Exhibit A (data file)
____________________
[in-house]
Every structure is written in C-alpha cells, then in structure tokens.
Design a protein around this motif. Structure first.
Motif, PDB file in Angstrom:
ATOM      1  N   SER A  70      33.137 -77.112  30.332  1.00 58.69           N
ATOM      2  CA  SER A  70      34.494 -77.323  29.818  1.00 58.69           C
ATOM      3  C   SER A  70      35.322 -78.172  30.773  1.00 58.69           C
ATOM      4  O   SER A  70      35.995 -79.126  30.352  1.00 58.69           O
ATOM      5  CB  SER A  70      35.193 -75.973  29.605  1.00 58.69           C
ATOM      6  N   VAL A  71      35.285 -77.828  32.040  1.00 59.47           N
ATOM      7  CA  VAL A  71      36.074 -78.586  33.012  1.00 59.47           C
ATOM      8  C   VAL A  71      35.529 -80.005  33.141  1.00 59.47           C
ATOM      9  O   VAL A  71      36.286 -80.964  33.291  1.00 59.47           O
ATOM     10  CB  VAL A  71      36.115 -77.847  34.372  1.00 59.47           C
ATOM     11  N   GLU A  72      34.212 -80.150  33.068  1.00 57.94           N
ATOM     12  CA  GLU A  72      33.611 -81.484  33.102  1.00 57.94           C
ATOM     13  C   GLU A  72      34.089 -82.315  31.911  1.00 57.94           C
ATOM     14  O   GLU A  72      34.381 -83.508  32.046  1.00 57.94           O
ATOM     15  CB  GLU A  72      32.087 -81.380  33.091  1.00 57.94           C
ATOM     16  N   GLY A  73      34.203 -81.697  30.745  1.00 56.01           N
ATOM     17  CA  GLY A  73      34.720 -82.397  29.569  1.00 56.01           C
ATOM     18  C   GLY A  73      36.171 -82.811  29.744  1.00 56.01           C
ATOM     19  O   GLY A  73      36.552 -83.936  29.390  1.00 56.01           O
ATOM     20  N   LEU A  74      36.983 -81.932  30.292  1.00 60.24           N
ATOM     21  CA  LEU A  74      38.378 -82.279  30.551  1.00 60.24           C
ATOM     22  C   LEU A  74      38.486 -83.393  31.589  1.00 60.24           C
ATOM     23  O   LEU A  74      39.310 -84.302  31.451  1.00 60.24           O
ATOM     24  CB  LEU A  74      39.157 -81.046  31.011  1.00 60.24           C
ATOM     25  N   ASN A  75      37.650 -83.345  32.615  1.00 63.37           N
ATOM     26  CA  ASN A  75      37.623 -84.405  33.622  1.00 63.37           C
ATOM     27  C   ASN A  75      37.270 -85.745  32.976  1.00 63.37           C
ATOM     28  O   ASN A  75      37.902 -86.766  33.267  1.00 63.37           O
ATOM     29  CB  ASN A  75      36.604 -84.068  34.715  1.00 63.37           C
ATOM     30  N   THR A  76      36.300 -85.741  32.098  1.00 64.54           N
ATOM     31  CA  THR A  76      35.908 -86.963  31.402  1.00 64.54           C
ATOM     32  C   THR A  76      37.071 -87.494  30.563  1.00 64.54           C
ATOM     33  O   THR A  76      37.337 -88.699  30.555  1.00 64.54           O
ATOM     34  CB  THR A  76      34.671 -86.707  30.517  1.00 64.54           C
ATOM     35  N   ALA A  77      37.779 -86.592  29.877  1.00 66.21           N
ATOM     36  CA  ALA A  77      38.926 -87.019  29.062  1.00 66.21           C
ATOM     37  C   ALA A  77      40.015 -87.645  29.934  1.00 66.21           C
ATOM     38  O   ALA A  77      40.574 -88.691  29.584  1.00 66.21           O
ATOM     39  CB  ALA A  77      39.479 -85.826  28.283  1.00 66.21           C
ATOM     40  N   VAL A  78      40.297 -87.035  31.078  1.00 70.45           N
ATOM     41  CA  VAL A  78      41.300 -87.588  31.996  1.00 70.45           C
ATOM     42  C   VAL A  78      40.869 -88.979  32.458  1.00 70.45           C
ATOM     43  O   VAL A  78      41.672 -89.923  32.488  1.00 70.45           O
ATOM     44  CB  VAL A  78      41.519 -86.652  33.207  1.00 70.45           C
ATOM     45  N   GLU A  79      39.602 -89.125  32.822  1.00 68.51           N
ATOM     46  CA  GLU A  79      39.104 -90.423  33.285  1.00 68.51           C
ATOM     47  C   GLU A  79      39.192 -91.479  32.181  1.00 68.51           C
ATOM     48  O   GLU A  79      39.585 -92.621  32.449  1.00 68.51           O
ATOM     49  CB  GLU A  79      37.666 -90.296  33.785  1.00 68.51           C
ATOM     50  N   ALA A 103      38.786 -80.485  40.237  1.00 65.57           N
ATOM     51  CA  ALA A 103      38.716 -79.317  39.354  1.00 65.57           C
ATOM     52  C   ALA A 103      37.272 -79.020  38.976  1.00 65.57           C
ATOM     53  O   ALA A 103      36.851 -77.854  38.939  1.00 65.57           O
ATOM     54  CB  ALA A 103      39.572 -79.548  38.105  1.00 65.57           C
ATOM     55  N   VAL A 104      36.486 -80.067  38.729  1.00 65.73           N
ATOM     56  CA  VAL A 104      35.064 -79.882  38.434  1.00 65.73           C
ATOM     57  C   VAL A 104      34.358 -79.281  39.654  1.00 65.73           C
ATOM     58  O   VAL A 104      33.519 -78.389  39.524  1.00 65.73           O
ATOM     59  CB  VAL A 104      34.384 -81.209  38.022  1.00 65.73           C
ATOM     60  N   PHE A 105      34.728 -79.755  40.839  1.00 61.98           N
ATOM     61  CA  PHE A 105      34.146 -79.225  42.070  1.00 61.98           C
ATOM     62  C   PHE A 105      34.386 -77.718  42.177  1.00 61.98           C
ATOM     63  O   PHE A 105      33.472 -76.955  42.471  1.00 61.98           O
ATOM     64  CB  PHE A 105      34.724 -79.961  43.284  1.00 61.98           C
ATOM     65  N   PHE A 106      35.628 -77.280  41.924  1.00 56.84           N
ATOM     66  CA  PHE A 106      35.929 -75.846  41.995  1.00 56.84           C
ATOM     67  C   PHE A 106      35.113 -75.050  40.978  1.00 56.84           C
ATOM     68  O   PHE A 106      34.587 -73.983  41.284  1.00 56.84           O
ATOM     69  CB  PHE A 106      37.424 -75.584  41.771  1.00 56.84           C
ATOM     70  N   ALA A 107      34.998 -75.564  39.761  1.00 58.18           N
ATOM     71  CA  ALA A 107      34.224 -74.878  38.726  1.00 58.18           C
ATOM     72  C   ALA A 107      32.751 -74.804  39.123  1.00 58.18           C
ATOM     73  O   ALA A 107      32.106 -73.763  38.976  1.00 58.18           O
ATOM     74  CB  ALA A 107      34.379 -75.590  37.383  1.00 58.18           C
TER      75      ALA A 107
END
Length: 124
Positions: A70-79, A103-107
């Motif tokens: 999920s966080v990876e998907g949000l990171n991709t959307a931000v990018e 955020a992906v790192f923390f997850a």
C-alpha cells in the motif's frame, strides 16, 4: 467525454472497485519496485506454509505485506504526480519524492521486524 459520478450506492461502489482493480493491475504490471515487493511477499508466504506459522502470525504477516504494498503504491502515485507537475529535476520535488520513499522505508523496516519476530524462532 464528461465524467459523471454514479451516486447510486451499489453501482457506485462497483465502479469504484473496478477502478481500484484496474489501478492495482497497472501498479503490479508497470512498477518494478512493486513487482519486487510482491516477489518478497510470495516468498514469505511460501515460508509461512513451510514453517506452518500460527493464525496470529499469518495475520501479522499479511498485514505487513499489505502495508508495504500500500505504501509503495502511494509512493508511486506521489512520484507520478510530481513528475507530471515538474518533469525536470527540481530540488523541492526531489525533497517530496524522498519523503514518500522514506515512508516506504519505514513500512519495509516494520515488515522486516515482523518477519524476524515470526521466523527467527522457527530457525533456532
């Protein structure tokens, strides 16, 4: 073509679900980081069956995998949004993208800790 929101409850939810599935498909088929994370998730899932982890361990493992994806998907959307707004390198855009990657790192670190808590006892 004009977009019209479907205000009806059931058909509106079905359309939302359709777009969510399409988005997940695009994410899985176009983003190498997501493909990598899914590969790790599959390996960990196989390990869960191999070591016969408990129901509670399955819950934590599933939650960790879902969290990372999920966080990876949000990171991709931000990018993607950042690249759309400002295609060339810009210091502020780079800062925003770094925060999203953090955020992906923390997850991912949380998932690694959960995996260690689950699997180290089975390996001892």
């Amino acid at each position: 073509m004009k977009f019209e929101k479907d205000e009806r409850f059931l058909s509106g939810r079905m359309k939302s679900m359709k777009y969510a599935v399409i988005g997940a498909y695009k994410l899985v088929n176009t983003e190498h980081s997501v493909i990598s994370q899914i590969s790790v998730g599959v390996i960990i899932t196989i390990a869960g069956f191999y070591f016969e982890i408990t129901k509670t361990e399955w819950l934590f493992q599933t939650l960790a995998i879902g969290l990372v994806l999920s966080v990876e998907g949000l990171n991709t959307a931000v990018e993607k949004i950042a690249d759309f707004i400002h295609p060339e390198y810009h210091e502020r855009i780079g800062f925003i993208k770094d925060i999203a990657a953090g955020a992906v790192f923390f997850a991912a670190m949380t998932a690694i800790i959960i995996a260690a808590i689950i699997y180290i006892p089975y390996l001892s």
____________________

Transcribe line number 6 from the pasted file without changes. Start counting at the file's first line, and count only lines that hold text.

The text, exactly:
ATOM      2  CA  SER A  70      34.494 -77.323  29.818  1.00 58.69           C